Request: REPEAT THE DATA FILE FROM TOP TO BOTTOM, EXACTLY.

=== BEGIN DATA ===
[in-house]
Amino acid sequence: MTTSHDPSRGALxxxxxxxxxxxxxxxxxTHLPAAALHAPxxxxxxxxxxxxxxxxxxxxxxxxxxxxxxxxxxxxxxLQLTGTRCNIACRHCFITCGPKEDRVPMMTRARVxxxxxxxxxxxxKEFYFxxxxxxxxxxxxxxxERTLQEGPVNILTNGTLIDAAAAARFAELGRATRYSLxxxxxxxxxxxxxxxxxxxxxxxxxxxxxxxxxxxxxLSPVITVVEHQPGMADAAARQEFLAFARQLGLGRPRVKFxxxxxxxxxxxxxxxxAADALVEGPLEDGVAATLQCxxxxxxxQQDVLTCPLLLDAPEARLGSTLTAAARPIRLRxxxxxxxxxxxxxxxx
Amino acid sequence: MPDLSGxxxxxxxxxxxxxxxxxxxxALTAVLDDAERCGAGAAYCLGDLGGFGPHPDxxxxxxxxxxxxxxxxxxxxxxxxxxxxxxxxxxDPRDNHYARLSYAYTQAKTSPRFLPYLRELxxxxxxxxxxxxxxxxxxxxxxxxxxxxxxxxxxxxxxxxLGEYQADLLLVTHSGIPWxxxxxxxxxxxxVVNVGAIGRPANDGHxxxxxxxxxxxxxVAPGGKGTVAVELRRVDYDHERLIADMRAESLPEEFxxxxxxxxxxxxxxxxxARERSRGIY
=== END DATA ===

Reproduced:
[in-house]
Amino acid sequence: MTTSHDPSRGALxxxxxxxxxxxxxxxxxTHLPAAALHAPxxxxxxxxxxxxxxxxxxxxxxxxxxxxxxxxxxxxxxLQLTGTRCNIACRHCFITCGPKEDRVPMMTRARVxxxxxxxxxxxxKEFYFxxxxxxxxxxxxxxxERTLQEGPVNILTNGTLIDAAAAARFAELGRATRYSLxxxxxxxxxxxxxxxxxxxxxxxxxxxxxxxxxxxxxLSPVITVVEHQPGMADAAARQEFLAFARQLGLGRPRVKFxxxxxxxxxxxxxxxxAADALVEGPLEDGVAATLQCxxxxxxxQQDVLTCPLLLDAPEARLGSTLTAAARPIRLRxxxxxxxxxxxxxxxx
Amino acid sequence: MPDLSGxxxxxxxxxxxxxxxxxxxxALTAVLDDAERCGAGAAYCLGDLGGFGPHPDxxxxxxxxxxxxxxxxxxxxxxxxxxxxxxxxxxDPRDNHYARLSYAYTQAKTSPRFLPYLRELxxxxxxxxxxxxxxxxxxxxxxxxxxxxxxxxxxxxxxxxLGEYQADLLLVTHSGIPWxxxxxxxxxxxxVVNVGAIGRPANDGHxxxxxxxxxxxxxVAPGGKGTVAVELRRVDYDHERLIADMRAESLPEEFxxxxxxxxxxxxxxxxxARERSRGIY